4. Not every Clint Hurdle lineup makes sense, but for the most part he’s been platooning players effectively. Gaby Sanchez and Travis Snider don’t have to be everyday players to be effective additions, they simply need to be effective platoon parts.


3. One guy who is probably not looking forward to the Detroit trip: Francisco Liriano. He’s 12-5 all-time against National League teams and the Tigers have a .858 career OPS against him. Liriano is a guy who really stands to benefit from a move to the NL where batters are less familiar with his three-pitch mix and he gets to face weaker lineups. But for one day he gets the Tigers and Verlander, who has been the same since Kate Upton left his life.


2. Andrew McCutchen has six multi-hit games in his last eight. Even his outs are typically loud. He might be ready to go off.


1.  The Pirates have their best record through 50 games, 31-19, since 1991. It’s largely due to the bullpen and starters that have combined for a 3.22 ERA, second best in the NL. Sustainable ERA? Probably not. It’s going to regress some. What the Pirates need is their .701 team OPS to improve. Then maybe they can have a second 50 games like their first 50.



The Pirates are 26-13 since I came on the beat April 15. By the way, Clemson hadn’t won an ACC title in football since 1991 until I came on the beat. I’m not sayin’ but I’ m sayin’. Magic.



OK this isn’t modest, and it will never happen, but if I’m the Pirates I offer up one of my two right-handed prizes to the Indians for Francisco Lindor. Kid is going to be a two-way, impact SS for 15 years in The Show. That’s what the Pirates, and a lot of team, really need. … More realistically, the Pirates might want to look at a draft’s top SS, J.P. Crawford, cousin of Carl Crawford, in the first.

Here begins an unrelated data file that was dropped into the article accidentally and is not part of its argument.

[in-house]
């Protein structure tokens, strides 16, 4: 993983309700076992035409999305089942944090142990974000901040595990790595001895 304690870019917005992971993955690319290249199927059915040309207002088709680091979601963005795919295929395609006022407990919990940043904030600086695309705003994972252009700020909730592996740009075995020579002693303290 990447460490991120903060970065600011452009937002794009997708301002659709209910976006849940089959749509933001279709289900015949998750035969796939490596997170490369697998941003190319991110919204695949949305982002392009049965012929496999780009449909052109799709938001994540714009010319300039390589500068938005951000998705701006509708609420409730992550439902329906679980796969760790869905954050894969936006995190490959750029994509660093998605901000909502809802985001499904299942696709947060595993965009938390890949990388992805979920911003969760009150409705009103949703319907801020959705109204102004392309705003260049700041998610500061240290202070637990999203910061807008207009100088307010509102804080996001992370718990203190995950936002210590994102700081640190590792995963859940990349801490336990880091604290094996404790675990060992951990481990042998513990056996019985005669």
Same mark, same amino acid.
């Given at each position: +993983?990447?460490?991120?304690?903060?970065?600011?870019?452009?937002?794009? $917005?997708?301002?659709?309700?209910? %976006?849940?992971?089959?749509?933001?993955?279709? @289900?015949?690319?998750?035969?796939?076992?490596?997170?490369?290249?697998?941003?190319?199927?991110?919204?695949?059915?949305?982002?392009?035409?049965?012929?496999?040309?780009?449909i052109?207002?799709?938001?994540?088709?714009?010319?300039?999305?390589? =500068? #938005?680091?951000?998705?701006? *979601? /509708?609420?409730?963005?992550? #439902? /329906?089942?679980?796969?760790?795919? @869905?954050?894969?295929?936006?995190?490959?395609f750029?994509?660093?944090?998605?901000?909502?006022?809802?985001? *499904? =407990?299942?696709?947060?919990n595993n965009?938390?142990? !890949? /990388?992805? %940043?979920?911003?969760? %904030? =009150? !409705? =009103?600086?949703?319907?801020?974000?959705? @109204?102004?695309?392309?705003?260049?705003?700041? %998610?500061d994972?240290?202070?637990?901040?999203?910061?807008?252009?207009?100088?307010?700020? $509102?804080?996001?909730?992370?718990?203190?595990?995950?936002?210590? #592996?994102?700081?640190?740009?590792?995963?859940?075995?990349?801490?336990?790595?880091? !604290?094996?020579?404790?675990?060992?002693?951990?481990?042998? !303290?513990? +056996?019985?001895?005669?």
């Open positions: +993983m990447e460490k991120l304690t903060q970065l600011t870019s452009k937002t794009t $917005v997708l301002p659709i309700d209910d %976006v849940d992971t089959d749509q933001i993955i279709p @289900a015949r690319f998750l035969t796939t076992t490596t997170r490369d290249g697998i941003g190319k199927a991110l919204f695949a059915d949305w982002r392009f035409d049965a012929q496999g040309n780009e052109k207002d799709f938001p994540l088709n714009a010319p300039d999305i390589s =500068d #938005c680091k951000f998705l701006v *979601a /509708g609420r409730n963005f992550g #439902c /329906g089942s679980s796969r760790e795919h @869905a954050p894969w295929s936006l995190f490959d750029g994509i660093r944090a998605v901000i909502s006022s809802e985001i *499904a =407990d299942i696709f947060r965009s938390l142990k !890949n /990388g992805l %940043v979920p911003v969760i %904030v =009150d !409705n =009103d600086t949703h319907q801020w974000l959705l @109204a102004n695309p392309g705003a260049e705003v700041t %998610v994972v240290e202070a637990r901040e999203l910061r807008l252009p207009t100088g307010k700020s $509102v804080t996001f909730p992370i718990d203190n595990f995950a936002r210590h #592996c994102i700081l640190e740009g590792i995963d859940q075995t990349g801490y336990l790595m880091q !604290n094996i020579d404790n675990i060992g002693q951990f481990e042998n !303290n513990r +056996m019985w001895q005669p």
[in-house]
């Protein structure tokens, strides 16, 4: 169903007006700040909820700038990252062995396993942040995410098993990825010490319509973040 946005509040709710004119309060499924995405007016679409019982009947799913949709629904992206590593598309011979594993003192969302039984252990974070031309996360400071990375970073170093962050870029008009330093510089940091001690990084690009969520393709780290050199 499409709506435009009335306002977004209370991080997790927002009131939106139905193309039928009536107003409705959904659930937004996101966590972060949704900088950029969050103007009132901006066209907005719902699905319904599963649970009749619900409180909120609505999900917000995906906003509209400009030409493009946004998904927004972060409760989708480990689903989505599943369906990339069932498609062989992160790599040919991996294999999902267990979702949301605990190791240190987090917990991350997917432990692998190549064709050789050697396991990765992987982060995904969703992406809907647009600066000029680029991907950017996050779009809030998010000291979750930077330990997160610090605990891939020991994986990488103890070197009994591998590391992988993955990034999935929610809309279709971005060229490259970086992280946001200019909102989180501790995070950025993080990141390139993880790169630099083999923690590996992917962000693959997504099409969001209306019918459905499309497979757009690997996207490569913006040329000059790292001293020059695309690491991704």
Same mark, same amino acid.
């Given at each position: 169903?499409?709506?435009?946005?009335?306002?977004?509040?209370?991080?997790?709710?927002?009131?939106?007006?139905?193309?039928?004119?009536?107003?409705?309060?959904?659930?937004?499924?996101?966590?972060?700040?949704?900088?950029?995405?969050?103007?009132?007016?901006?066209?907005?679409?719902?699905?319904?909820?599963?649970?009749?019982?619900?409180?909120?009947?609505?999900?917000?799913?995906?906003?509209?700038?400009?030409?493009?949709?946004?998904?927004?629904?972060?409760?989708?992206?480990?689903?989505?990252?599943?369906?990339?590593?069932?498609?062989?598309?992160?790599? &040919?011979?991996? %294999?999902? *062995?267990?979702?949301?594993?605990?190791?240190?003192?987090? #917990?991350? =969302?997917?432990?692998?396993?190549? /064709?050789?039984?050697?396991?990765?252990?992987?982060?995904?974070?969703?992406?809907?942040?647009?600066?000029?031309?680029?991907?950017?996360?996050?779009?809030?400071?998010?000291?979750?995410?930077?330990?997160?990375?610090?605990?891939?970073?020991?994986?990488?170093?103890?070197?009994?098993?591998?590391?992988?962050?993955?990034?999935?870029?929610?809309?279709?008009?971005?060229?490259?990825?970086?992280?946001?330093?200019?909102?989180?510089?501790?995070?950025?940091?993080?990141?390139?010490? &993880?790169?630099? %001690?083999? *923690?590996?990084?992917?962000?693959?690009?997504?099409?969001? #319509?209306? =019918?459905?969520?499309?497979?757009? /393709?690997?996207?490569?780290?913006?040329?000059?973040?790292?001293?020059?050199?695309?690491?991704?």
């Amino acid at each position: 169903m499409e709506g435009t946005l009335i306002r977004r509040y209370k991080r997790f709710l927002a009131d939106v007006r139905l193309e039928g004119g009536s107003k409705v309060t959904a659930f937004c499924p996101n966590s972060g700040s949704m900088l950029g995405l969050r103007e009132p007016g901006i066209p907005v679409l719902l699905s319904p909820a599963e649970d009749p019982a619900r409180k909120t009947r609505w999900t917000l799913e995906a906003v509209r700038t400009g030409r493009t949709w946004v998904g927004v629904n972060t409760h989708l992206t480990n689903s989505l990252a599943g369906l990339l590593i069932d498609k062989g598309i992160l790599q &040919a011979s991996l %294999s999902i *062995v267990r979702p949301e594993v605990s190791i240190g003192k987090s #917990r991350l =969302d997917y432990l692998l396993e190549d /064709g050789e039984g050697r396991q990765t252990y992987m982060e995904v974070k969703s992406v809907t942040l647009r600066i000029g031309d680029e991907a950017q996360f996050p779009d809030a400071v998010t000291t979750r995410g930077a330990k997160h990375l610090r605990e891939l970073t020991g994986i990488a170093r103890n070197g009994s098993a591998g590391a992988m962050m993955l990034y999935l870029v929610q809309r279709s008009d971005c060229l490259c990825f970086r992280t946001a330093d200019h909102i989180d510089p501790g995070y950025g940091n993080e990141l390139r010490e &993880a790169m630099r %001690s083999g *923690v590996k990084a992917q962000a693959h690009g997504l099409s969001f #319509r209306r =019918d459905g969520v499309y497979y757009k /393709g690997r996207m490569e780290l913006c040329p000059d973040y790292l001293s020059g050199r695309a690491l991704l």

“They’re not robots,” Hurdle said of his bullpen. “I say that to (the media) a lot, but I have to remind myself, too.”


I’m typically not a Quentin Tarantino fan, but I finally got around to watching Django Unchained. Great stuff, if not also incredibly violent.


– TS

(Twitter: @Sawchik_Trib)



  1. Terry M says:

    The Phillies are 18-0 when leading after eight, So are the Mariners. Most teams have very few losses in those situations.

  2. Baywatch says:

    Good point, Terry M!

  3. PopPopTS says:

    Yes, but while I can’t confirm this, the Brewers’ TV announcers said that the Pirates are 99-1 when leading after 8, going back to last year. I don’t think the Phillies or Mariners could make the same statement.

  4. Jim S. says:

    All I ever read is about all these impending “regressions” for the Bucs. Yes, there will be regressions. There will be for every team if you look hard enough. I think there will also be improvements. Cutch is starting to get on a roll, Walker is starting to hit better, and Pedro won’t hit in the .190’s all year. We could see just as many improvements as regressions for the rest of the year, and this team could hang in there and win 90 games.

  5. Thundercrack says:

    I wonder if Cole is going to find at the end of the year that he saved something for the ‘majors’ and never made it to the majors in 2013.